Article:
Today, many of us are used to rigorous, several-round interviews. Sometimes, we may be tasked with completing light trial assignments—again, no problem. But what about when you’re asked to do a complex project before you’re actually hired?
An anonymous poster in the FGB Community recently shared that they found themselves in this predicament when they were asked to deliver a presentation as part of the final interview stage. They wrote:
"It seems to me that they are looking for me to do a critical part of the job (strategy) before being paid. The presentation prompt was "Given what you know about the role, what is your strategy to execute on supporting the company’s growth as we significantly increase the headcount year over year for the next three years? Please include resources such as headcount, tools and budget you will need in order to execute, as well as assumptions you’ll use as you go through the presentation." I honestly thought the presentation I'd be doing would be a topic related to the role—such as motivation, leadership, emotional intelligence, etc. When I saw the topic prompt was this, my immediate thought has been that they want me to outline my 3-year strategy for the role and get it for free. They could still hire someone else and then tell that person, "Execute on this 3-year plan we had someone else create."
Many other FGBers commiserated and thought the original poster should trust their gut and ask to be compensated for their work, or walk away.
“I had a similar experience and had gleaned enough information during the interview to know this branch manager was asking each candidate for a business plan,” Anonymous wrote. “I believed that way he would take the best of all the submissions and create his own. I reached into my briefcase and asked relevant questions as I began filling out a contract. I wanted him to understand I would not give away my time and talent. He was surprised and expressed his unwillingness to enter into a mutually beneficial business transaction…. Trust your instincts and hold on to your power. You will find a company worthy of you.”
“Just reading this threw up flags everywhere for me too,” Dawn S. Cross agreed. “If you are still interested in the role, seek clarification and explain to them what your concerns are, although it would seem that what they want is exactly what you see — your work without the cost.”
“In my opinion, companies that have no issue asking you to put together a presentation such as this without paying you for it are the same companies that have no boundaries when it comes to working their employees as hard as they can for as long as they can for as little as they can,” Kelly Hammer wrote. “They have no regard for the employee and typically experience high burn out and turnover ratios.”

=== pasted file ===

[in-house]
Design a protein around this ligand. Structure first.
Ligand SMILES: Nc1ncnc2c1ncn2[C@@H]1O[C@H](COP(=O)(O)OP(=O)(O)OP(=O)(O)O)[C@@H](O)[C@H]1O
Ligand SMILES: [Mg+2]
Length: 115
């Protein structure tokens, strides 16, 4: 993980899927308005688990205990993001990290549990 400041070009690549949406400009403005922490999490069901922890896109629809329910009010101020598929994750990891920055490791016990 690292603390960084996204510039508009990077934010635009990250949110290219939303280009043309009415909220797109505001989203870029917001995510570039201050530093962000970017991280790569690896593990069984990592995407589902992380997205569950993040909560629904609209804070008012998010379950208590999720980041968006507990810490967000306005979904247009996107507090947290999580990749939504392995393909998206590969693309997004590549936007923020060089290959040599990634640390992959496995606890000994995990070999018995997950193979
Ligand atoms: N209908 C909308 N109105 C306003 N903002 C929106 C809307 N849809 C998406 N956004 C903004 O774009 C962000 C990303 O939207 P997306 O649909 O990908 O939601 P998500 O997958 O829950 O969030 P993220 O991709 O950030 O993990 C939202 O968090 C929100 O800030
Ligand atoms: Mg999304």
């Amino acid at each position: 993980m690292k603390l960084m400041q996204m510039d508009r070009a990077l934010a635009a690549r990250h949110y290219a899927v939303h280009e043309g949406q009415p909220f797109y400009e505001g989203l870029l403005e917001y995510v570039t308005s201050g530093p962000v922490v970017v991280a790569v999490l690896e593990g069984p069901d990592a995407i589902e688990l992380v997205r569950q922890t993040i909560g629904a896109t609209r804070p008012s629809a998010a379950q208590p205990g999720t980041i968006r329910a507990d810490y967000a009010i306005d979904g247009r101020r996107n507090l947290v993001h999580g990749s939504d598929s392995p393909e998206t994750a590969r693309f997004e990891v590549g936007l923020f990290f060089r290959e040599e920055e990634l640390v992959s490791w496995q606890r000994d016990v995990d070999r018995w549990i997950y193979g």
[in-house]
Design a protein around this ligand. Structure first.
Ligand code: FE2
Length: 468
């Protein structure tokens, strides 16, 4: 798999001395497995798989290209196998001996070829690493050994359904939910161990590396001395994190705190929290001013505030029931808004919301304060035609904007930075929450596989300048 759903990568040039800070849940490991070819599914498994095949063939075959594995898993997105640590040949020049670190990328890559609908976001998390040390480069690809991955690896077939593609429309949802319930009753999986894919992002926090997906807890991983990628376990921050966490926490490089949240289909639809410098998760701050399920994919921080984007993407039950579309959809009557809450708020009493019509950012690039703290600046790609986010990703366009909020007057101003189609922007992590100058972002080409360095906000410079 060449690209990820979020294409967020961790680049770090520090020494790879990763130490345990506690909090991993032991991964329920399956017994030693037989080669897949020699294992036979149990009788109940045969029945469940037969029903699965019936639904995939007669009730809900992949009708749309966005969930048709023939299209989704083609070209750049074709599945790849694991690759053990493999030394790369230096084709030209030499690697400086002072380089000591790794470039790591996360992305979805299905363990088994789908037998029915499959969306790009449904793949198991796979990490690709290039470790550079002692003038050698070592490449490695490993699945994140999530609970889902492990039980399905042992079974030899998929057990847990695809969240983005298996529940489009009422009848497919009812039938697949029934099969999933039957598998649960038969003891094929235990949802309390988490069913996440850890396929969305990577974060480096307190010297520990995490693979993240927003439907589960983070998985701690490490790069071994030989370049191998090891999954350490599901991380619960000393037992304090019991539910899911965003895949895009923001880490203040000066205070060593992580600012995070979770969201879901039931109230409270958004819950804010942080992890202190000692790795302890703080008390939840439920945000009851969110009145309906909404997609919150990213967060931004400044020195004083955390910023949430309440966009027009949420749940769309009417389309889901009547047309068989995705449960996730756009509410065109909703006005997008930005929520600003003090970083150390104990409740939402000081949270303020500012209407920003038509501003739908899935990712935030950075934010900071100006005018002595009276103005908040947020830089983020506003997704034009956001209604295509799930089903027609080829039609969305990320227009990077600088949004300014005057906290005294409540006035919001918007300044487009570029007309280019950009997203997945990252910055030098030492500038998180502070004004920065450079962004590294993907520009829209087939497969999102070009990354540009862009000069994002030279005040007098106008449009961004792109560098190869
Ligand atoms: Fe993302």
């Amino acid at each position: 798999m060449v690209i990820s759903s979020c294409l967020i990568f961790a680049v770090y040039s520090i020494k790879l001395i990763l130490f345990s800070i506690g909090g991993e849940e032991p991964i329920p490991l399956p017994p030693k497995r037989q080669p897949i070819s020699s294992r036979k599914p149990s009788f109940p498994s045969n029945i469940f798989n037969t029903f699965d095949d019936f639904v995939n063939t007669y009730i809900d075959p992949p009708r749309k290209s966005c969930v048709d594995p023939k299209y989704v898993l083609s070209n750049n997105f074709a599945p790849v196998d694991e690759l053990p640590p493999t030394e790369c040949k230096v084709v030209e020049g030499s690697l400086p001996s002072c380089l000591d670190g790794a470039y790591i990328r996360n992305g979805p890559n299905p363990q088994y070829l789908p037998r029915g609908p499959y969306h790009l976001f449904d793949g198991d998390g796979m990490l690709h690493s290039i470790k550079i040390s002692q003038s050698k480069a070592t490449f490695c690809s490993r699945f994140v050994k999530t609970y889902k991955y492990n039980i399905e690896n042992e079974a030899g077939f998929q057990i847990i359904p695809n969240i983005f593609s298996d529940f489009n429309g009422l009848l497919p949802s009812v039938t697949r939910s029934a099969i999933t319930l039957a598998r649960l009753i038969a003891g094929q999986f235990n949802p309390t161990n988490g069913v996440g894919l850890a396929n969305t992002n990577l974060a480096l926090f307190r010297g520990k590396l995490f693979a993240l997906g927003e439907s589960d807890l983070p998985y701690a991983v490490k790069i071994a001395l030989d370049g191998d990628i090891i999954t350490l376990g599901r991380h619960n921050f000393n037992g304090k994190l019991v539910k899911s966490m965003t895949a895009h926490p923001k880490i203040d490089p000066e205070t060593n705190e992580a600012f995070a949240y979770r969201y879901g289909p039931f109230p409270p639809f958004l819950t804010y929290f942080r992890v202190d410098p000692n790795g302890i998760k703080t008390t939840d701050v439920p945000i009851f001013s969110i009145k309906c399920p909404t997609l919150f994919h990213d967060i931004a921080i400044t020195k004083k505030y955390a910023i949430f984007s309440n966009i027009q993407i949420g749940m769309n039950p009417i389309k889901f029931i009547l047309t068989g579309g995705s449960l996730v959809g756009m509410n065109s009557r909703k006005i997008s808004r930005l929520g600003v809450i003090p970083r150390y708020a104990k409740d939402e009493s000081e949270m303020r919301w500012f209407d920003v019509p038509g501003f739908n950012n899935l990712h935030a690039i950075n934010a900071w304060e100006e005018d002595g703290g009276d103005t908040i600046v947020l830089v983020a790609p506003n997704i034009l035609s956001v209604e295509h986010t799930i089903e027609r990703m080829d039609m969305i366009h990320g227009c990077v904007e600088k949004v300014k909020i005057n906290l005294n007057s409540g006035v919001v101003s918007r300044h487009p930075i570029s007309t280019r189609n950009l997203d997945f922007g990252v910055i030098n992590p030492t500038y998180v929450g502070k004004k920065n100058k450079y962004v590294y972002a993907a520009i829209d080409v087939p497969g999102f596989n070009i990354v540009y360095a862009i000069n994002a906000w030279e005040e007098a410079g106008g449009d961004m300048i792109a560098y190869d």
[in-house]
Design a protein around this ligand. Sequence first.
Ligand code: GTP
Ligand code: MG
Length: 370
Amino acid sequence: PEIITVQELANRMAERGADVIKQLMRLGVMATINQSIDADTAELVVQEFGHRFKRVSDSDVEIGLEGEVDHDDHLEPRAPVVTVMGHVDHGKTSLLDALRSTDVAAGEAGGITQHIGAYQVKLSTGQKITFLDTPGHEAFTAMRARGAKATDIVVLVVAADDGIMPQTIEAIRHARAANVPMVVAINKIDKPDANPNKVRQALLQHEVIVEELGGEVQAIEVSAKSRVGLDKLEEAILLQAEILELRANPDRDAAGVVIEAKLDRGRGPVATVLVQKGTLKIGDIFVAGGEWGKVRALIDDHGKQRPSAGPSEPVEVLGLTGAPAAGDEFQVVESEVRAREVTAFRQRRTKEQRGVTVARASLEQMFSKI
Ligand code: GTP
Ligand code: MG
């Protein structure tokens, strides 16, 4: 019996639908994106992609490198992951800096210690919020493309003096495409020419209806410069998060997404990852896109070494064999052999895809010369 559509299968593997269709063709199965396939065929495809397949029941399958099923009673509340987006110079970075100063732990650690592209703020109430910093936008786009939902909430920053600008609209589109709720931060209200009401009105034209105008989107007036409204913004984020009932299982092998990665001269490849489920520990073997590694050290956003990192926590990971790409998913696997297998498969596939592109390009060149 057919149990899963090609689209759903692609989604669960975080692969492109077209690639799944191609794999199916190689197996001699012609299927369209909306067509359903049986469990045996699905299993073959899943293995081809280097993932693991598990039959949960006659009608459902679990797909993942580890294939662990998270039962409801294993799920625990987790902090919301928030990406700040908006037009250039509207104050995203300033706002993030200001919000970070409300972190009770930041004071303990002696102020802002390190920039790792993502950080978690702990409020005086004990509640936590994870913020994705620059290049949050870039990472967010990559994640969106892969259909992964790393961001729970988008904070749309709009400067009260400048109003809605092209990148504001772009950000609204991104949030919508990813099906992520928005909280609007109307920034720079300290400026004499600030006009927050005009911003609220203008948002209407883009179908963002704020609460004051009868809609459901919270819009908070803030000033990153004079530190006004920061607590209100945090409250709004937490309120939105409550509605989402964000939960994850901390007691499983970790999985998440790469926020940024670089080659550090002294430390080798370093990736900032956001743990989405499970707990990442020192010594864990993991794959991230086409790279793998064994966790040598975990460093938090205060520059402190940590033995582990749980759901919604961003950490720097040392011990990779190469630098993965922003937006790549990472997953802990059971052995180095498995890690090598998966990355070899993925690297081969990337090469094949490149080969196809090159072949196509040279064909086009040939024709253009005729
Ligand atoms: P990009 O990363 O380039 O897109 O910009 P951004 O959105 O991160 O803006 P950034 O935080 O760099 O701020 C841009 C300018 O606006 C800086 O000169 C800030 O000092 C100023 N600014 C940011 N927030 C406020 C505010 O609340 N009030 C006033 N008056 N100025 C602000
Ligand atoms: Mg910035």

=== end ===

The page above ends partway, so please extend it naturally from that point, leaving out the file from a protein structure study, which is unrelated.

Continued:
Others suggested finding a middle-ground solution — like completing the assignment as a pitch or outline instead of a more-complete work product.
“I would advise you to go through with the interview if it's a job you want, but maybe treat it more like a pitch,” Amy wrote. “If you were trying to pick up a freelance job, you wouldn't necessarily give the prospective client the whole plan, right? So, give enough detail to show your talent and expertise, but not enough for them to take your plan and implement it without you.”
“If you really want to move forward, I agree with my colleagues on this thread to keep it simple and prepare almost an outline presentation,” Tami Cannizzaro added. “In my experience, I have never been given enough information during an interview to truly understand the details involved in making the assessments they are asking of you anyway. You could even start by saying that while you've learned a lot, you would hate to make assumptions about the details of their organization so your presentation is at the 100,000-foot level, and once hired, you'll be happy to insert data points/details.”
Some, however, thought the request was fair.
“There is no possible way that you could glean enough information during an interview process to create a strategy that would be ‘right,’” wrote Gretchen Scheiman. “There is too much you don't know. The request is to give some insight into how you think. Your response should reflect that: target a few key numbers and show your thought process. I have given this assignment and the response gave a ton of up front goodwill and credibility to the candidate from key groups she will need to work with in her new role, all before she accepted the job. There is value in this type of assignment for both candidate and hiring organization.”
What do you think? Should the candidate be compensated for this type of trial assignment? Is the hiring company overstepping? Or is it a reasonable request?
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